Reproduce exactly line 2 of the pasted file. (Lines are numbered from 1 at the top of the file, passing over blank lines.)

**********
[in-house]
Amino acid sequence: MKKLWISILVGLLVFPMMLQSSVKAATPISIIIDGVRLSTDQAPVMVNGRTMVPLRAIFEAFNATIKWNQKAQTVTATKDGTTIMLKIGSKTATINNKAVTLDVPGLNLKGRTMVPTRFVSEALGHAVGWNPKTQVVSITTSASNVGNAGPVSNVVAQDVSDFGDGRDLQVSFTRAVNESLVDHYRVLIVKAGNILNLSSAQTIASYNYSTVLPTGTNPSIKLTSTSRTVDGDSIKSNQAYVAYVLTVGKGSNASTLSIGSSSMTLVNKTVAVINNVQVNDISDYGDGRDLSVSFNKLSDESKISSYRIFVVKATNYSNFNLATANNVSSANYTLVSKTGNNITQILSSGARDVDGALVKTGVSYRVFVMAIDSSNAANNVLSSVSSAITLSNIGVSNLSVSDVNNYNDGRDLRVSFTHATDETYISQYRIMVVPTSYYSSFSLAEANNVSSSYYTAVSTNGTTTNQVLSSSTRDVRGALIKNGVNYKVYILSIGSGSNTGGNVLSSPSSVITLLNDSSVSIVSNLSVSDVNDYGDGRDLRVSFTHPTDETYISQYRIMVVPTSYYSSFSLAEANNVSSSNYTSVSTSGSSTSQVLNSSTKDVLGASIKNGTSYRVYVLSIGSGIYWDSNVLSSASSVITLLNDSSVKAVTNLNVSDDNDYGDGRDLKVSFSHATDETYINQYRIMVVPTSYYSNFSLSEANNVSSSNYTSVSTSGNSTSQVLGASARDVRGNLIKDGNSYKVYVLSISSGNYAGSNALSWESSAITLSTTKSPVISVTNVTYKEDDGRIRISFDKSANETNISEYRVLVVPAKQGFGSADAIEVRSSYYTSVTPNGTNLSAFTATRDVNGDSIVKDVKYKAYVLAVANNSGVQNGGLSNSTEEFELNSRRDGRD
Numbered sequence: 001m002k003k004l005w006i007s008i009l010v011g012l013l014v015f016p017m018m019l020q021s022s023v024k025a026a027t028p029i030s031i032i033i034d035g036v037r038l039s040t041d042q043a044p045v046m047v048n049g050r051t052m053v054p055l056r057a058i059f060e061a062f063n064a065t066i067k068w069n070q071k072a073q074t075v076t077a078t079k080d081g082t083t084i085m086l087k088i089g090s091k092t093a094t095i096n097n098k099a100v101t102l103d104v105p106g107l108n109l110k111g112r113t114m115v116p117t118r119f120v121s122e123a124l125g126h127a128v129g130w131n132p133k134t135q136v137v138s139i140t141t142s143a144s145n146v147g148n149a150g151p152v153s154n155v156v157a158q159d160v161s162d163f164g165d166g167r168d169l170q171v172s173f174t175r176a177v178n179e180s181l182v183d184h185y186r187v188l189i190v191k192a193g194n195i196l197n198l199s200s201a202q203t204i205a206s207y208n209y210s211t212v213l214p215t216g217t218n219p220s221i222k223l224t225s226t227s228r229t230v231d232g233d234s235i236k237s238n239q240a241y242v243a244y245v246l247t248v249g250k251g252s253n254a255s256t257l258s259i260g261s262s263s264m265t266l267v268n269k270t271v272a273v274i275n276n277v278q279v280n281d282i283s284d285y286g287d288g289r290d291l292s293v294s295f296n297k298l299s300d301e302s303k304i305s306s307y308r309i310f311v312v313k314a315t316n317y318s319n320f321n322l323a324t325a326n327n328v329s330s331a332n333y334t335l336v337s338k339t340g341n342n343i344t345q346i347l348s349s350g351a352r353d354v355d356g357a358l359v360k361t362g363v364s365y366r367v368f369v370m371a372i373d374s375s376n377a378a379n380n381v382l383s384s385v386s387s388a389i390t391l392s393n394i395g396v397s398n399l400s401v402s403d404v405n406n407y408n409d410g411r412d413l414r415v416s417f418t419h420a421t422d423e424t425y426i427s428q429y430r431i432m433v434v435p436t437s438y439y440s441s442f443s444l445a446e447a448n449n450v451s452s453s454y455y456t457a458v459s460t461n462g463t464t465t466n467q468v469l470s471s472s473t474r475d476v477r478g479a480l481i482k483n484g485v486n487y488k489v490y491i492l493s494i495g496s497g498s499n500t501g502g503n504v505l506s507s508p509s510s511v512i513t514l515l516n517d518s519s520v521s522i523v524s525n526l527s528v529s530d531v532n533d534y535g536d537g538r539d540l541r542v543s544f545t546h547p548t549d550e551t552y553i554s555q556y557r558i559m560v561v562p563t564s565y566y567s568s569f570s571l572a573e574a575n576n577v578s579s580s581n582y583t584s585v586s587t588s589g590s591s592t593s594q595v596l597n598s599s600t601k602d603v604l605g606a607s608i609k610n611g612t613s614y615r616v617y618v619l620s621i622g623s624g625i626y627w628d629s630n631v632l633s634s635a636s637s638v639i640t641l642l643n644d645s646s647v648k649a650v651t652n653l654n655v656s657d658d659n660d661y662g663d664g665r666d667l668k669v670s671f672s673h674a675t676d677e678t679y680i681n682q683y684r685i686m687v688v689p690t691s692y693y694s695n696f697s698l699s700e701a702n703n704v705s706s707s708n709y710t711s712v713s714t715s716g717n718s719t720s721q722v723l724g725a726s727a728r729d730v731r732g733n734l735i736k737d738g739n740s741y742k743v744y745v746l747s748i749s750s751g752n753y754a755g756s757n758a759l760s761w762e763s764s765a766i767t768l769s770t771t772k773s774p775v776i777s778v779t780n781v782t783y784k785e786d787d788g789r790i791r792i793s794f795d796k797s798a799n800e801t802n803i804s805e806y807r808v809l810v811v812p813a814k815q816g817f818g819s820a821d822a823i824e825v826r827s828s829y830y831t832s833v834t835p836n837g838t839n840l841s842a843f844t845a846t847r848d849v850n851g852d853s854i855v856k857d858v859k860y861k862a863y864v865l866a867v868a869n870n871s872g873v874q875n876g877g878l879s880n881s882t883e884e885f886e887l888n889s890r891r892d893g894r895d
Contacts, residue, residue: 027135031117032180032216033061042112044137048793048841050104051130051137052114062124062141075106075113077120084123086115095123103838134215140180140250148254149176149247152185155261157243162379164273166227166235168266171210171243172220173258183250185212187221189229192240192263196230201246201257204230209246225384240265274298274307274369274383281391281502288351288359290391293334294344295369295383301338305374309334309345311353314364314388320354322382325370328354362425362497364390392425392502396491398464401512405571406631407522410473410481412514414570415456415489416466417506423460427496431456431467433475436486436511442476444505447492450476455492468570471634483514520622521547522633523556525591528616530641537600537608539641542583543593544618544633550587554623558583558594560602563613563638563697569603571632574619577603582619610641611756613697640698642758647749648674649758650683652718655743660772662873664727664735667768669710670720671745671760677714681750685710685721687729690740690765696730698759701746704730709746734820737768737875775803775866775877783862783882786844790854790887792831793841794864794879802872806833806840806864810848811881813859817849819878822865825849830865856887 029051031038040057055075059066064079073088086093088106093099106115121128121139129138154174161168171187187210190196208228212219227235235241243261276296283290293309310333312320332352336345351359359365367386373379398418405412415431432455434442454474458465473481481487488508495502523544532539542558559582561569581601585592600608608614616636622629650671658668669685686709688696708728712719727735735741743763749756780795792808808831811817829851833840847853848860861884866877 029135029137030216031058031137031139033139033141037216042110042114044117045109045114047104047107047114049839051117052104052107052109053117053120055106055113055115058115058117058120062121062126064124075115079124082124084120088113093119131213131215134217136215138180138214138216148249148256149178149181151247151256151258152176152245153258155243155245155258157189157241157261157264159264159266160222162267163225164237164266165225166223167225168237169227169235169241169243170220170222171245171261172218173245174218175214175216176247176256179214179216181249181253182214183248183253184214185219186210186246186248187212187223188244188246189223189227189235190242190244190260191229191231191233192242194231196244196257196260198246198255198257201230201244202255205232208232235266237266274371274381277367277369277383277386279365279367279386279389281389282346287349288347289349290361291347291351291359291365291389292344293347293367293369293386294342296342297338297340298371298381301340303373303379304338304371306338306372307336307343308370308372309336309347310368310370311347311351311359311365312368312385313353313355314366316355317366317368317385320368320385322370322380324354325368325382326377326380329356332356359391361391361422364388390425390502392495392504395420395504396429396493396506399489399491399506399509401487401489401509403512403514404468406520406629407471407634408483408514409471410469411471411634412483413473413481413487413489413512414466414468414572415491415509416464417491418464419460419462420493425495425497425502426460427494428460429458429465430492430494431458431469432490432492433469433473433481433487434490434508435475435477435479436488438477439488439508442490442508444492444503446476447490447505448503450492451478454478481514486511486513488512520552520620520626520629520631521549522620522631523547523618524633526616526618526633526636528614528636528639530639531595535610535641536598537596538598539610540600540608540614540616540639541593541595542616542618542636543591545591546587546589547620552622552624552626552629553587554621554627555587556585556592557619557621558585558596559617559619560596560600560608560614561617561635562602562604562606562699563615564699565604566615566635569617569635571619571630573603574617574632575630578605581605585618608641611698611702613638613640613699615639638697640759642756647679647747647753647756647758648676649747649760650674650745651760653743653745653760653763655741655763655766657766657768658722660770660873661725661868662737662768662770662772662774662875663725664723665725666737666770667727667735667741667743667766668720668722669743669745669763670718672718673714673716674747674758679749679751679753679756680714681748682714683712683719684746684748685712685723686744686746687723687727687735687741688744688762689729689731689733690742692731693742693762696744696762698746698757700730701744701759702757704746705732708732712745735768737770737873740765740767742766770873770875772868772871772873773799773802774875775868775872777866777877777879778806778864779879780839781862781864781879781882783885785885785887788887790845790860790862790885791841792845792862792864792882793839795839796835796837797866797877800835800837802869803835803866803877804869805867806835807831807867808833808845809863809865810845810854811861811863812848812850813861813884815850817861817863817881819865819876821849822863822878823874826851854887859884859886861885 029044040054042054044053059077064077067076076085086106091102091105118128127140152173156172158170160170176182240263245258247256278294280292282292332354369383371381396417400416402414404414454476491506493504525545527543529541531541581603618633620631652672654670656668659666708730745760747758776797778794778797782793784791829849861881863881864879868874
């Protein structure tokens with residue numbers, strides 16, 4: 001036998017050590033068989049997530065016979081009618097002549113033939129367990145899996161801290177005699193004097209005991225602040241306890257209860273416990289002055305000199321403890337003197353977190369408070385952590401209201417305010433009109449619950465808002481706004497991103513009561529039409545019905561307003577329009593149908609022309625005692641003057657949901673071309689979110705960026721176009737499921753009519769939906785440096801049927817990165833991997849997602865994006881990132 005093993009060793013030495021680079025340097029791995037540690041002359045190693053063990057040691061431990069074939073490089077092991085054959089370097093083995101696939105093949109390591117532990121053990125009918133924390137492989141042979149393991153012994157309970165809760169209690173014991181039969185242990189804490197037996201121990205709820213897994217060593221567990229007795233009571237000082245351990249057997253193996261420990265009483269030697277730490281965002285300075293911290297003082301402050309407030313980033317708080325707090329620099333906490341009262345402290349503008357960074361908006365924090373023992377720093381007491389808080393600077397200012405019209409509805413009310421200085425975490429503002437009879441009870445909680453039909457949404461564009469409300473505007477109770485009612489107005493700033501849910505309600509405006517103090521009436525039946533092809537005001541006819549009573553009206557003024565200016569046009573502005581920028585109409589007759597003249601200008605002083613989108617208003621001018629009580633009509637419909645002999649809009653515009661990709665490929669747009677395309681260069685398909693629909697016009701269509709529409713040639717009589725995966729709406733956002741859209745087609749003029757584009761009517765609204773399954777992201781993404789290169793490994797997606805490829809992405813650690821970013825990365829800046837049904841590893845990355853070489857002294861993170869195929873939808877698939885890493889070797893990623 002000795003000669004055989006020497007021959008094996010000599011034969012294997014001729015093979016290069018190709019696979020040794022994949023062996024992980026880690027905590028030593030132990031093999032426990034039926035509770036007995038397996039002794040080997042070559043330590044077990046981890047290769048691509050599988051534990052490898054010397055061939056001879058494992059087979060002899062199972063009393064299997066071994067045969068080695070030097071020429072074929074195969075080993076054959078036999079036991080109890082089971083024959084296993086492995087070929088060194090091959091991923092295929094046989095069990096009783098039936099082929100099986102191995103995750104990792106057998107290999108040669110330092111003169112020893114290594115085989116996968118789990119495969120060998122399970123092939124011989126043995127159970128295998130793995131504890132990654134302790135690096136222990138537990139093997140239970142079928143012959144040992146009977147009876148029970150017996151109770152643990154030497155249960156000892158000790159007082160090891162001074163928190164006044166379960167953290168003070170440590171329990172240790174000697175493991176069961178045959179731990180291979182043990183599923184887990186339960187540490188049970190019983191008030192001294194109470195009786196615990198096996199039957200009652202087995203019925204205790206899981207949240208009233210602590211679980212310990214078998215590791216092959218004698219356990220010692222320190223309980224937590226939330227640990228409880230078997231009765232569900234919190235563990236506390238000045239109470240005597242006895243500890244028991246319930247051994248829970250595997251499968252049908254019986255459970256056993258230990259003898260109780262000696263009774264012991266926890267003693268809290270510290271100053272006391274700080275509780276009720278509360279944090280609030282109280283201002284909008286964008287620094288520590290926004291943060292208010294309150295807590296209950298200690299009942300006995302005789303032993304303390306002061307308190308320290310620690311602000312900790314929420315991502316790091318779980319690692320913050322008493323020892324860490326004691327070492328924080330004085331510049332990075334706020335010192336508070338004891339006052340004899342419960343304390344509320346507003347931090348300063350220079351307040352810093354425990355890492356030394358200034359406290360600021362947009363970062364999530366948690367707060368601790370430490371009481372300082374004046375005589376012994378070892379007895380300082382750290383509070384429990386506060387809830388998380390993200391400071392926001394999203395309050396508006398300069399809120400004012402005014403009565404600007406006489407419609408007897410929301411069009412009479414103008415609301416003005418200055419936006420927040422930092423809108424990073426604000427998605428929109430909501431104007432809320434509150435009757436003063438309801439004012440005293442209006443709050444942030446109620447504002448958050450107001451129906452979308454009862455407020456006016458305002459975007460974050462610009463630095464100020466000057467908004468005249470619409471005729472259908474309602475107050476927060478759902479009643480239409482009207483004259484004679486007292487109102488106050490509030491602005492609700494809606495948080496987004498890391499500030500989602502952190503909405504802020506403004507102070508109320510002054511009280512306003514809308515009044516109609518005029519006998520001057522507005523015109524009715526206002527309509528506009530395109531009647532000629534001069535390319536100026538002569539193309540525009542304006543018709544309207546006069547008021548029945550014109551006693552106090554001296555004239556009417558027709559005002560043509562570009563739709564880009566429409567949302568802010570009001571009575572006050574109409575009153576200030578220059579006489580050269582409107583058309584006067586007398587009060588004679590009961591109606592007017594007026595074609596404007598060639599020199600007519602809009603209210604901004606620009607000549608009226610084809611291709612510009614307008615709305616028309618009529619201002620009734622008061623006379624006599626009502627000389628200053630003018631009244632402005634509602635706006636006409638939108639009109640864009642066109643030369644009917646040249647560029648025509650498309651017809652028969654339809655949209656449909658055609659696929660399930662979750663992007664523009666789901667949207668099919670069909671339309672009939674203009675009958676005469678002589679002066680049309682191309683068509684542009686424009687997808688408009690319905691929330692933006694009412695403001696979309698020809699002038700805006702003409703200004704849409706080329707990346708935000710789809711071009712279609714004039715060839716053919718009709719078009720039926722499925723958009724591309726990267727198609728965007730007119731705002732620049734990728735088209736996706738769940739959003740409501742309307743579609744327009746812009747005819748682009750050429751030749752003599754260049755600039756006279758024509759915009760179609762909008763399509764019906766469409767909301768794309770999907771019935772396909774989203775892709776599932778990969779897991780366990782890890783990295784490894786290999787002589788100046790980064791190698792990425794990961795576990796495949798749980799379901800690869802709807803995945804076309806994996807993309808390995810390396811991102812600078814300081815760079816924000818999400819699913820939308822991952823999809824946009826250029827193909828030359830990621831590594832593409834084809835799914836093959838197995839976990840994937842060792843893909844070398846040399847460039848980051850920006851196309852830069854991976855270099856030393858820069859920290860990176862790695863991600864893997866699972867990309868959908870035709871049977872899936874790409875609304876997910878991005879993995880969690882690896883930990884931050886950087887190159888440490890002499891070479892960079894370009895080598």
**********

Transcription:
Amino acid sequence: MKKLWISILVGLLVFPMMLQSSVKAATPISIIIDGVRLSTDQAPVMVNGRTMVPLRAIFEAFNATIKWNQKAQTVTATKDGTTIMLKIGSKTATINNKAVTLDVPGLNLKGRTMVPTRFVSEALGHAVGWNPKTQVVSITTSASNVGNAGPVSNVVAQDVSDFGDGRDLQVSFTRAVNESLVDHYRVLIVKAGNILNLSSAQTIASYNYSTVLPTGTNPSIKLTSTSRTVDGDSIKSNQAYVAYVLTVGKGSNASTLSIGSSSMTLVNKTVAVINNVQVNDISDYGDGRDLSVSFNKLSDESKISSYRIFVVKATNYSNFNLATANNVSSANYTLVSKTGNNITQILSSGARDVDGALVKTGVSYRVFVMAIDSSNAANNVLSSVSSAITLSNIGVSNLSVSDVNNYNDGRDLRVSFTHATDETYISQYRIMVVPTSYYSSFSLAEANNVSSSYYTAVSTNGTTTNQVLSSSTRDVRGALIKNGVNYKVYILSIGSGSNTGGNVLSSPSSVITLLNDSSVSIVSNLSVSDVNDYGDGRDLRVSFTHPTDETYISQYRIMVVPTSYYSSFSLAEANNVSSSNYTSVSTSGSSTSQVLNSSTKDVLGASIKNGTSYRVYVLSIGSGIYWDSNVLSSASSVITLLNDSSVKAVTNLNVSDDNDYGDGRDLKVSFSHATDETYINQYRIMVVPTSYYSNFSLSEANNVSSSNYTSVSTSGNSTSQVLGASARDVRGNLIKDGNSYKVYVLSISSGNYAGSNALSWESSAITLSTTKSPVISVTNVTYKEDDGRIRISFDKSANETNISEYRVLVVPAKQGFGSADAIEVRSSYYTSVTPNGTNLSAFTATRDVNGDSIVKDVKYKAYVLAVANNSGVQNGGLSNSTEEFELNSRRDGRD